Climate change is already killing people prematurely. If we fail to act now, millions of people will die from malnutrition, heatwaves, floods, storms, fires, drought, and disease. Tragically, the greatest threats face already struggling and vulnerable continents such as Africa. As health professionals, we have an urgent responsibility to help our fellow human beings. Climate change is part of a larger danger: a massively disordered global energy metabolism. For example, 1.6 billion people suffer adverse health because of lack of access to electricity. 2 billion people endure harm from burning biomass fuels. And 1.6 million people die each year from indoor air pollution. Climate change is the greatest market failure in human history. Yet the UK's response remains weak and inadequate. Worse still, there is no global coordination to defeat the health dangers of climate change. We need a dramatic scaling up of action immediately. That action will demand unprecedented and untested levels of human cooperation: a challenge to the very existence of our species.

Professor Paul Rogers, Professor of Peace Studies, Bradford University, speaking at 14.10
Migration and war

All the indications are that climate change is accelerating the most recent indicator being the unexpected ice loss in the massive western Antarctica ice sheets. It is also clear that the tropical land masses, which support the majority of the world's population, will be far more affected than previously thought. The consequences for human health and well-being world-wide within 2-3 decades are potentially calamitous, making the prevention of climate change possibly the most important task of our time. Moreover, the responses have to be implemented in the next 5-10 years, no later.

Professor Ian Roberts, Professor of Epidemiology and Public Health, London School of Hygiene and Tropical Medicine, speaking at 15.50

Policies to reduce greenhouse gas emissions could lead to substantial reductions in obesity, diabetes, heart disease, cancer, road deaths and air pollution. This is the conclusion of a major conference on climate change and health at the RCP this week. Moving city commuters to walking, cycling and public transport would reduce fossil fuel energy use, traffic injuries, air pollution and by increasing physical activity would tackle the growing obesity epidemic. Policies to reduce greenhouse emissions during food production, particularly the methane from livestock production, would involve reducing meat intake and this would lead to reductions in bowel cancer and heart disease.

"It would not be the first time that environmental policy had striking health benefits. Two hundred years ago the streets of London were awash with sewage and the city stank. Infectious disease was a deadly scourge but sorting out the stink was the priority. Nevertheless, policy on sewage did more to improve health than any health policy that century. Sanitation policy was voted by doctors to be the greatest medical advance in the last 150 years - climate change policy could be the next great medical advance."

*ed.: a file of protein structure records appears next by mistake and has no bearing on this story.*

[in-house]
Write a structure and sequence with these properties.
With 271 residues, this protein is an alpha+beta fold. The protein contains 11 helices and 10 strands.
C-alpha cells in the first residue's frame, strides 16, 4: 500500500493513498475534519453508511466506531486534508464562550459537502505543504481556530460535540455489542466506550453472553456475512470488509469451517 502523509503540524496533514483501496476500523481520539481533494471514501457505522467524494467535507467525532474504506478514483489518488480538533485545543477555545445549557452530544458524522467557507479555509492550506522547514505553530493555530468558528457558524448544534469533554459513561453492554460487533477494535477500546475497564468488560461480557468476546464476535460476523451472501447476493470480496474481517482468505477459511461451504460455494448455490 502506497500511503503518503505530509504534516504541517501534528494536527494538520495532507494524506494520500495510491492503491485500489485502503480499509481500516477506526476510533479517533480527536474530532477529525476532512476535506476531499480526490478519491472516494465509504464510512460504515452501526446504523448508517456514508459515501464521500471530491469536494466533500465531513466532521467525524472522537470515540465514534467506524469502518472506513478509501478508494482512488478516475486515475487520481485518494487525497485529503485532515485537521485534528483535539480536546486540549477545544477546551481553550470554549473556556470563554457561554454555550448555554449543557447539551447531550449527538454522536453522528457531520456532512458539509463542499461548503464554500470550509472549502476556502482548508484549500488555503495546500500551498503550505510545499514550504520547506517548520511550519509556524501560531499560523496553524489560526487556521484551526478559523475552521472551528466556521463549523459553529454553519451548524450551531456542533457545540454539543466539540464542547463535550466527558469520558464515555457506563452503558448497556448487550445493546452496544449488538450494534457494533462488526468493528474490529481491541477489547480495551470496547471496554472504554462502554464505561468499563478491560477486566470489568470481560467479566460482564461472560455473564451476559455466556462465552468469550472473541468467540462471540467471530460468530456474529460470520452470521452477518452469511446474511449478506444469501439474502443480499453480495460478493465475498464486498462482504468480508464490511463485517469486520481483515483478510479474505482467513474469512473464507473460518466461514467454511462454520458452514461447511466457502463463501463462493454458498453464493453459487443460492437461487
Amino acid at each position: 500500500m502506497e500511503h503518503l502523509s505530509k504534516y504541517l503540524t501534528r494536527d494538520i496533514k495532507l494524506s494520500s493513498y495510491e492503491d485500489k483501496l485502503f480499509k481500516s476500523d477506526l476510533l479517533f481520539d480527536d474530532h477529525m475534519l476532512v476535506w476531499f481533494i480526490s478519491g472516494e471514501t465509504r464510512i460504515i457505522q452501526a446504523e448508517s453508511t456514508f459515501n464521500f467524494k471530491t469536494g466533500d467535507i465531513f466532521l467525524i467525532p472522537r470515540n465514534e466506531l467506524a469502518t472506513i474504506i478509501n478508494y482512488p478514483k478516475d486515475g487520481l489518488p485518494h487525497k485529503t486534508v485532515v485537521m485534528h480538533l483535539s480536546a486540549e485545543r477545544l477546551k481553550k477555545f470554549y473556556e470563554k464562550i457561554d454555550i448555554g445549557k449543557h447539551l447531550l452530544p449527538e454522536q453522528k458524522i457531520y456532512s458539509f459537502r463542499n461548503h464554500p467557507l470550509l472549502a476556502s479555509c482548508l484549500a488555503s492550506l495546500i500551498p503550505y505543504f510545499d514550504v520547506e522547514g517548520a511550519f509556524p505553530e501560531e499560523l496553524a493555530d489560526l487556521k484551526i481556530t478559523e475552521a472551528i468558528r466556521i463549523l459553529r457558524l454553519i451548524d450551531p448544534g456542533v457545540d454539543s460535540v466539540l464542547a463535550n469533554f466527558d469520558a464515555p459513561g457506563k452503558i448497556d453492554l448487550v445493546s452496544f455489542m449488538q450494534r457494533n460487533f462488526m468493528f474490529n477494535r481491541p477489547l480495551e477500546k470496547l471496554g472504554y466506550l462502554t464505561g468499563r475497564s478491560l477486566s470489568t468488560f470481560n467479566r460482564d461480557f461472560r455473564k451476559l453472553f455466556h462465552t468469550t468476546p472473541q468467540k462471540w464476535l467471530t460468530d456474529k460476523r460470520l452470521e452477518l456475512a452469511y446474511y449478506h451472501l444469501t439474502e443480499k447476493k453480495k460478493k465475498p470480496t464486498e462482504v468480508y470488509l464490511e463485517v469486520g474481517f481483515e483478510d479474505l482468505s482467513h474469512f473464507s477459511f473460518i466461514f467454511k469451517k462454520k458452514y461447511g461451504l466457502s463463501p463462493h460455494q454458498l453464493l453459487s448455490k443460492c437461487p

Dr Fiona Godlee, Editor-in-Chief of the BMJ, speaking at 16.20
Turning concern into action: How do we mobilise the health professions?

Doctors have a professional duty to protect the health of their patients and of the public. But for most doctors, the need to act against climate change still sits in the realm of either individual conscience or national policy. They don't see it as part of their professional duty. We need to change that perception if we are to enlist doctors, with their huge potential to influence individuals and governments, in the fight against climate change. The evidence is building that climate change is perhaps the greatest current threat to public health globally. Margaret Chan, director general of WHO recently called it the defining challenge for public health of the 21st century. But in order to give doctors permission to act for the good of their patients, we also need to bring this down to the level of individual patients and local healthcare systems. The benefits to health of low carbon living - reductions in obesity, cancer, and heart disease - and the cost savings to hard pressed health services of sustainable development are two key incentives that will help doctors to act against climate change in their professional capacity rather than as individuals. We also need to continue to gather good evidence of the risks of inaction and the benefits of action and to build this into curricula for undergraduate and post graduate education and continuing professional development. As with the fight against tobacco smoking, once they are assured of their professional duty to help tackle climate change, doctors can use their influence through personal example and through concerted pressure on national and international bodies.

For further information and to arrange interviews please contact RCP PR Manager Linda Cuthbertson on 020 7935 1174 ext.254, 0794 105 7494, Linda.cuthbertson@rcplondon.ac.uk